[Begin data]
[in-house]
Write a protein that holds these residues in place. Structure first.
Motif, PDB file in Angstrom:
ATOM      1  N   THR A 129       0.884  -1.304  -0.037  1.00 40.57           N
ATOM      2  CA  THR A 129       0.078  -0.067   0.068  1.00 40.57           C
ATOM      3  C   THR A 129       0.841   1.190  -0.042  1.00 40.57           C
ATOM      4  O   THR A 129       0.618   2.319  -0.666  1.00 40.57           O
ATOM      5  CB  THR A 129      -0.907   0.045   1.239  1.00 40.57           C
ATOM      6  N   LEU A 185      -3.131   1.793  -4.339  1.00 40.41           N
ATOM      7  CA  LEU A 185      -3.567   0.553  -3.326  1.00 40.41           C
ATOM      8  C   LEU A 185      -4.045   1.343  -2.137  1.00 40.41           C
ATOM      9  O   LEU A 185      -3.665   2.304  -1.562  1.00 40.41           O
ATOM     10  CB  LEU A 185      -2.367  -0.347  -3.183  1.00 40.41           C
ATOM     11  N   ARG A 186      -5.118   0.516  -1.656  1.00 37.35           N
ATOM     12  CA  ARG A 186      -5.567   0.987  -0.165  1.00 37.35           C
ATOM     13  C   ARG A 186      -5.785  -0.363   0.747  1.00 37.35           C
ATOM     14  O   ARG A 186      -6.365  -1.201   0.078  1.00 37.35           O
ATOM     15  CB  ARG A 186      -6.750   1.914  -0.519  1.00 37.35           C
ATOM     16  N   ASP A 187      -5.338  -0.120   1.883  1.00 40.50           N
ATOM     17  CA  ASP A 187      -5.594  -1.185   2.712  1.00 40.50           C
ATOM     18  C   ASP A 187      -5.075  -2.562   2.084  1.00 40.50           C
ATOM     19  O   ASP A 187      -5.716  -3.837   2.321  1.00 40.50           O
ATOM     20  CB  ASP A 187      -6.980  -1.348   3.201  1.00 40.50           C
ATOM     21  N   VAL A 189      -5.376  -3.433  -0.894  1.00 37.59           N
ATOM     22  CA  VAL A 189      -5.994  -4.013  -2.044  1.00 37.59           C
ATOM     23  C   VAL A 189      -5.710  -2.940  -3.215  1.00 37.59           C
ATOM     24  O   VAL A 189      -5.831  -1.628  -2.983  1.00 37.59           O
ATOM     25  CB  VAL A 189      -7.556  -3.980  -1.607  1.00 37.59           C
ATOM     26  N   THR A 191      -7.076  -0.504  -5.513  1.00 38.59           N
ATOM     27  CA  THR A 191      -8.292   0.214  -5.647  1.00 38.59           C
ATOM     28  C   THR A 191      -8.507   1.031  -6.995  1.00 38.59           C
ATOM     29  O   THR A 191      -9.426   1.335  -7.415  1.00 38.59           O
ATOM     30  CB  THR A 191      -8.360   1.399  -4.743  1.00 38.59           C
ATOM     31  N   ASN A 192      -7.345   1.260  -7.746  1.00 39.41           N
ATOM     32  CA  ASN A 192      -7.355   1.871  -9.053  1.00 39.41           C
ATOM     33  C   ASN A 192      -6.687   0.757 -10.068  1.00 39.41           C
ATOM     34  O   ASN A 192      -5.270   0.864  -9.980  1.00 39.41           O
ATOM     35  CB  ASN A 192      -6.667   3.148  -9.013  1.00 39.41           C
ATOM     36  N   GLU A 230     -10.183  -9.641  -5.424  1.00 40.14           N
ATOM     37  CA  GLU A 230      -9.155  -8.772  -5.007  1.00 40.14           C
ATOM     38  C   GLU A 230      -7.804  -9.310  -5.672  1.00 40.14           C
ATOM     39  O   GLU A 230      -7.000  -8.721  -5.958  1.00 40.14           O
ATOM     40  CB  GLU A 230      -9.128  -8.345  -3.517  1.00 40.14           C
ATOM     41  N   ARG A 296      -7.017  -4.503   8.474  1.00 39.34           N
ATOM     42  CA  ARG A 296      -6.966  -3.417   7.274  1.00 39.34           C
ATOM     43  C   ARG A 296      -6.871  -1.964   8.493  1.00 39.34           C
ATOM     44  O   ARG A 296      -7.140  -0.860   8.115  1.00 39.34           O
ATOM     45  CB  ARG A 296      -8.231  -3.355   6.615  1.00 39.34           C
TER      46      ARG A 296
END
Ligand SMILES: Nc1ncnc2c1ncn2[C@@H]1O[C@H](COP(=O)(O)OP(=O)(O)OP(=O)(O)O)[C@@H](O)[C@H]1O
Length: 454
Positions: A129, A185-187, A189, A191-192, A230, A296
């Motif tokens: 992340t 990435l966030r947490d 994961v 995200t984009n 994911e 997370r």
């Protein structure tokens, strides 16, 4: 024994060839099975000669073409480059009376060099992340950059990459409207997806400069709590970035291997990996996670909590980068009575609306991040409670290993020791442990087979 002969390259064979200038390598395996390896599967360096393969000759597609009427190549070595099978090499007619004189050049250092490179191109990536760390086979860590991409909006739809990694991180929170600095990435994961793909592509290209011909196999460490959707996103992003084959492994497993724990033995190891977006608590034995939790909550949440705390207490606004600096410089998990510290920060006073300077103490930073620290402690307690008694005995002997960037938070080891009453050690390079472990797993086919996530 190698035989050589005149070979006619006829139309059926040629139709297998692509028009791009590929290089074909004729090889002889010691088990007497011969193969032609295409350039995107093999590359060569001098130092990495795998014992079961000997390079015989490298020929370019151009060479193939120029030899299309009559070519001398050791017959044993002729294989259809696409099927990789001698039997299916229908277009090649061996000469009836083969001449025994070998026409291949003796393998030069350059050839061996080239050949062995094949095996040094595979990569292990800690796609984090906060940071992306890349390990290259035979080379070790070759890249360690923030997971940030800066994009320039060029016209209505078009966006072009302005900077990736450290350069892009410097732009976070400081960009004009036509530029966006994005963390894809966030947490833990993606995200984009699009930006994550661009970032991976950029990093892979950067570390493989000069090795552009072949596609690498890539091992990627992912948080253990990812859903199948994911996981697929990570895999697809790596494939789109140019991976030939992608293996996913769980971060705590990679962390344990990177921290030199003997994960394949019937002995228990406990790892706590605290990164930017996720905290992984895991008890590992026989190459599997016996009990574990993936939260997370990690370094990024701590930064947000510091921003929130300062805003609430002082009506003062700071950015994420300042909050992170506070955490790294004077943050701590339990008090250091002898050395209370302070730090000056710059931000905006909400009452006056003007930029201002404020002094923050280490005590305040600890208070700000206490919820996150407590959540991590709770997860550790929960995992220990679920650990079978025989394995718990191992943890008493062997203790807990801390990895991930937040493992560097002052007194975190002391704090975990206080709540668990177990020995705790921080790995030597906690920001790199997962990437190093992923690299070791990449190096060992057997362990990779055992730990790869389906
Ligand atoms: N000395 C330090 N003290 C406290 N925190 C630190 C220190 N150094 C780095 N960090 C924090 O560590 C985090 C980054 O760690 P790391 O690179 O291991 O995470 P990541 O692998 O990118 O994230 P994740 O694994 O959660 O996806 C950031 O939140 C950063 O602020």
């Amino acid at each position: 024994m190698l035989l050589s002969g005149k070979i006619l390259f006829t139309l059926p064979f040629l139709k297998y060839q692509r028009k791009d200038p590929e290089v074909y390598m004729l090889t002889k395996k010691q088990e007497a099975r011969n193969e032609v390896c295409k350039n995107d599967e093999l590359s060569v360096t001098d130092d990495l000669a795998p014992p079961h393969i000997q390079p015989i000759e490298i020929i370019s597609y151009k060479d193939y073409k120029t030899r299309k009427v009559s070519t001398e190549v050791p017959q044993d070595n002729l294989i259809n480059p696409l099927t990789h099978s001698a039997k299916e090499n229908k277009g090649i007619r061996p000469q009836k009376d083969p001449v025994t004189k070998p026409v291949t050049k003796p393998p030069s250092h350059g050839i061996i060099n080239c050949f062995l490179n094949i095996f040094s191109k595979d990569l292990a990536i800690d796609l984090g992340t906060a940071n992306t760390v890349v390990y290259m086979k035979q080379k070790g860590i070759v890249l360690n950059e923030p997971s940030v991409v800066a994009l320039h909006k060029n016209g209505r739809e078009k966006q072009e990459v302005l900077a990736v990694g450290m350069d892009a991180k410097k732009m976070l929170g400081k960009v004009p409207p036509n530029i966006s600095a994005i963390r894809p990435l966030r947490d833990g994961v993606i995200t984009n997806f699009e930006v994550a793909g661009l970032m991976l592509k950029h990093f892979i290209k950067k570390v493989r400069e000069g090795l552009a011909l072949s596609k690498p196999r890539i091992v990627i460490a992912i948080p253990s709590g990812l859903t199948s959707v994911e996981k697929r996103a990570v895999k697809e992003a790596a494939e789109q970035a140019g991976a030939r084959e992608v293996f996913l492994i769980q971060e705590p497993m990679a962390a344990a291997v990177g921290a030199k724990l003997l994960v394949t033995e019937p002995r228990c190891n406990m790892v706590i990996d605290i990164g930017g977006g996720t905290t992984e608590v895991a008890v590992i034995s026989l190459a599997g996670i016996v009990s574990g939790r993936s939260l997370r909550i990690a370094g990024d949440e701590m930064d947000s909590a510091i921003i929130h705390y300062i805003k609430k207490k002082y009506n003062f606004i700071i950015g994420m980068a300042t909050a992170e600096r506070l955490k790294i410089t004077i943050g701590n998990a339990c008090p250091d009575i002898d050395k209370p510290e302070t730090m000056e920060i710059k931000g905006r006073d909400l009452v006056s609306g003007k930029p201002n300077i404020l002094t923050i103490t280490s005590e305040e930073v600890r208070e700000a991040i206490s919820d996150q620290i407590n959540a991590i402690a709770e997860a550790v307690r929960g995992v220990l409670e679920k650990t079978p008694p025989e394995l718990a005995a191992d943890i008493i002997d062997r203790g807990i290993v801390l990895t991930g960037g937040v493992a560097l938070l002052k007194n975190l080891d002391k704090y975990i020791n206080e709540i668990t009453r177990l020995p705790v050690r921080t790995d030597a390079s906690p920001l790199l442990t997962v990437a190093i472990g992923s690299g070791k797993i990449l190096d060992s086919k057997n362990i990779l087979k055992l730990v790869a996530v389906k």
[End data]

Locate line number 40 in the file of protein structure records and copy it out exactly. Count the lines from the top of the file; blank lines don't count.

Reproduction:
ATOM     37  CA  GLU A 230      -9.155  -8.772  -5.007  1.00 40.14           C